After all, what do we want from our fairy tales? Perhaps more than ever now, in our strange new world that often seems closer to science fiction than folklore, we want them to remind us of the dark, irrational codes of death and sexuality and of the heartbeat of the wild, through tense metaphors and that keynote repetitive rhetoric that swings from a childish sing-song into a thudding note of doom. The apparently matter-of-fact oral story also included the little girl drinking the blood of her dead grandmother and then ritually undressing in front of the wolf. ' 'Where should I put my apron?' 'Throw it into the fire, my child, you won't be needing it any more.' And each time she asked where she should put all her clothes, the wolf replied: 'Throw them into the fire, my child, you won't be needing them any more.' '

The feminist, empowering retellings are vital to us if we are to resist the repressions practised on girlchildren through unconscious or semi-conscious aspects of our culture. But to resist and recuperate, we mustn't clean the story up too much. We mustn't pretend that we don't, in a way, still love the wolf - perhaps now more than ever - with his silent, elegant step through the woods, his smooth double-talk, his wild desires, his fierce body subdued into the bed, his gnawing hunger that only we can appease.

Would we be entirely happy in the world as told by the 'Merseyside fairy story collective', where the girl never talks to the wolf in the wood at all, and kills him easily with the help of her grandmother? We shouldn't pretend that the wolf-girl double-act doesn't hold the key to something more mesmerising than safety-after-dark lessons.

On that level the last word lies with Angela Carter, the only modern teller who can find a way to do it all. In The Company of Wolves she manages to give the girl her voice without silencing the wolf and to recast the violence with tenderness but without timidity. Her little girl uses the slow, erotic strip of the original to bring herself and the wolf together, until: 'It is Christmas Day, the werewolves' birthday; the door of the solstice stands wide open; let them all slink through. See] Sweet and sound she sleeps in granny's bed, between the paws of the tender wolf.'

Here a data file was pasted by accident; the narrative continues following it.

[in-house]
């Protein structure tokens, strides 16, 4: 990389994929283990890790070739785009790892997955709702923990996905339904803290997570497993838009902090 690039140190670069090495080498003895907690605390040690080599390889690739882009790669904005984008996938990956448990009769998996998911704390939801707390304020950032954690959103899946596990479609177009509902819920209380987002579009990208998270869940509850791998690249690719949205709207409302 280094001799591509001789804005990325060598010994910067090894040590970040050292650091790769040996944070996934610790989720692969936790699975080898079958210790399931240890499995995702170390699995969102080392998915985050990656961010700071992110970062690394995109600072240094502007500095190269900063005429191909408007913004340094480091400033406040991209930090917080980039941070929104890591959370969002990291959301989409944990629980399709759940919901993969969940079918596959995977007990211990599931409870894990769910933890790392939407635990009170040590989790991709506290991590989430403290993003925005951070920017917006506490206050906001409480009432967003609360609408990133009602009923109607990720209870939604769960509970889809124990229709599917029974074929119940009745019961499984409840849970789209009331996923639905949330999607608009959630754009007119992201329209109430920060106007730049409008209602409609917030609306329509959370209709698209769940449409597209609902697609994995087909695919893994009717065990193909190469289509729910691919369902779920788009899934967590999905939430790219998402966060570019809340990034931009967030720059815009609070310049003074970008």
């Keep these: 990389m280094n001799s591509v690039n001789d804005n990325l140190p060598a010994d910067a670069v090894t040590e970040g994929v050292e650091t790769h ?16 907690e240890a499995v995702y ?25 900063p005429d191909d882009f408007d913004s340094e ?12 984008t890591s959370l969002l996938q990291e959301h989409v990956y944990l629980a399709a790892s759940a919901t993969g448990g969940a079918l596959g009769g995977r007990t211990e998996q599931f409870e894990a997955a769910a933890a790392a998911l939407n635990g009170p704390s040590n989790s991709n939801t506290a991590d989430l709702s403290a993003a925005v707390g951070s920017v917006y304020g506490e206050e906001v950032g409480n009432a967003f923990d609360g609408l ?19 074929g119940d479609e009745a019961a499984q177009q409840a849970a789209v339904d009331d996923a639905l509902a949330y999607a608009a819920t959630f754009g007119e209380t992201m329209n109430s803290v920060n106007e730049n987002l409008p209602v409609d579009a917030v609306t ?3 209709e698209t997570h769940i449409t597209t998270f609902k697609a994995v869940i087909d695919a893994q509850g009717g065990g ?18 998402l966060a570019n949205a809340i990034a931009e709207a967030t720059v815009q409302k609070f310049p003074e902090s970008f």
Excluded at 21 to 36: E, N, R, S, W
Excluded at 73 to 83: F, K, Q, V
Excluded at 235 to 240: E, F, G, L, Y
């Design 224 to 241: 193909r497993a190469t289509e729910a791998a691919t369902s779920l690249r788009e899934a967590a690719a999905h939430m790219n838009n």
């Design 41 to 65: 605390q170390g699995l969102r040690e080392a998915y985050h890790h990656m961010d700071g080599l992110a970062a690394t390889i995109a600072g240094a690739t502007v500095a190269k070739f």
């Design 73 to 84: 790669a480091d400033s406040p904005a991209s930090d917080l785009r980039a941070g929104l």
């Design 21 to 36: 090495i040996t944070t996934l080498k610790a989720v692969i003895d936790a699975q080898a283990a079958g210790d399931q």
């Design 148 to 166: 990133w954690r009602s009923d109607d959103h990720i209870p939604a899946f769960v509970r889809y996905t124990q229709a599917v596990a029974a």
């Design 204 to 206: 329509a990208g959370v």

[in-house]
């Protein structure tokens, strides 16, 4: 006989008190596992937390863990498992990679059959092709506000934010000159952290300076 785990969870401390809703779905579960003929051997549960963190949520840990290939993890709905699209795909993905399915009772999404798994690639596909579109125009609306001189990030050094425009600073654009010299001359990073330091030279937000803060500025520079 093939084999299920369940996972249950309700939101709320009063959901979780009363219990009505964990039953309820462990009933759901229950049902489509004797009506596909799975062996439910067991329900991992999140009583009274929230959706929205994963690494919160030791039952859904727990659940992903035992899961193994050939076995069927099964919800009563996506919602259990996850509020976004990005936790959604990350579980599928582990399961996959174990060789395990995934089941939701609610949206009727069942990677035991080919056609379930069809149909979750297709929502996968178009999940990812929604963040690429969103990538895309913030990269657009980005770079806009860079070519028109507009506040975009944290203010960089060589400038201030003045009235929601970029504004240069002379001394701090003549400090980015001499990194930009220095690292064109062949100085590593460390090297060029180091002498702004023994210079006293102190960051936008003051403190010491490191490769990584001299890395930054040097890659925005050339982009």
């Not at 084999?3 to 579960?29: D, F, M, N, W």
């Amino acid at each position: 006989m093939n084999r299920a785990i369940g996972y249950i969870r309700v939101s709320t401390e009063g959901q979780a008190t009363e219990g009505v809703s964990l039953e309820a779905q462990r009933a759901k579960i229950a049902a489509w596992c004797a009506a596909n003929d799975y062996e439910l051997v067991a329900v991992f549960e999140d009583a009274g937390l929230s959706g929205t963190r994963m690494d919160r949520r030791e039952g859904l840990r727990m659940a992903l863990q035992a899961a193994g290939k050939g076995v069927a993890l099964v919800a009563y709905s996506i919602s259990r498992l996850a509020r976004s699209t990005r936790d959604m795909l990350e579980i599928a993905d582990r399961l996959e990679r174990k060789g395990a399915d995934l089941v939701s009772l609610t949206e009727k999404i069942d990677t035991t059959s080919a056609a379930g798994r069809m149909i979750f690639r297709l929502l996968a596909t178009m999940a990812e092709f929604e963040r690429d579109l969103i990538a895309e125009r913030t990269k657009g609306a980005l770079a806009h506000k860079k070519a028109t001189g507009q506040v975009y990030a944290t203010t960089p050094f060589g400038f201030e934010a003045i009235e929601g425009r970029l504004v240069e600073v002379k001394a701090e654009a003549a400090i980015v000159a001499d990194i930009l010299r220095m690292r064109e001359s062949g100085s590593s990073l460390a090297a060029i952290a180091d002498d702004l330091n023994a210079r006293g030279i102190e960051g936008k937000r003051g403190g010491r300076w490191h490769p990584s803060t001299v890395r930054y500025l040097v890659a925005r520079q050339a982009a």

(Photograph omitted)

Have you tried new the Independent Digital Edition apps?
Arts and Entertainment

ebooksNow available in paperback
Arts and Entertainment

ebooks
Arts and Entertainment
Christopher Eccleston (centre) plays an ex-policeman in this cliché-riddled thriller

TV review
Arts and Entertainment
Lena Headey looks very serious as Cersei Lannister in Game of Thrones

TV This TV review contains spoilers
Arts and Entertainment

film
Arts and Entertainment
Wiz Khalifa performs on stage during day one of the Wireless Festival at Perry Park in Birmingham

music
Arts and Entertainment
Festival-goers soak up the atmosphere at Glastonbury

music

Arts and Entertainment
Star Wars creator George Lucas

film

Arts and Entertainment

music

Arts and Entertainment
A shot from the forthcoming Fast and Furious 7

film

Arts and Entertainment
The new-look Top of the Pops could see Fearne Cotton returns as a host alongside Dermot O'Leary

TV

Arts and Entertainment
The leader of the Church of Scientology David Miscavige

TV

Arts and Entertainment
No half measures: ‘The Secret Life of the Pub’

Grace Dent on TV The Secret Life of the Pub is sexist, ageist and a breath of fresh air

Arts and Entertainment
Art on their sleeves: before downloads and streaming, enthusiasts used to flick through racks of albums in their local record shops
musicFor Lois Pryce, working in a record shop was a dream job - until the bean counters ruined it
Arts and Entertainment
Serial suspect: the property heir charged with first-degree murder, Robert Durst
TV review
Arts and Entertainment
Igarashi in her

Art Megumi Igarashi criticises Japan's 'backwards' attitude to women's sexual expression

Arts and Entertainment
Could Ed Sheeran conquer the Seven Kingdoms? He could easily pass for a Greyjoy like Alfie Allen's character (right)

tv Singer could become the most unlikely star of Westeros

Arts and Entertainment
Beyonce, Boris Johnson, Putin, Nigel Farage, Russell Brand and Andy Murray all get the Spitting Image treatment from Newzoids
tvReview: The sketches need to be very short and very sharp as puppets are not intrinsically funny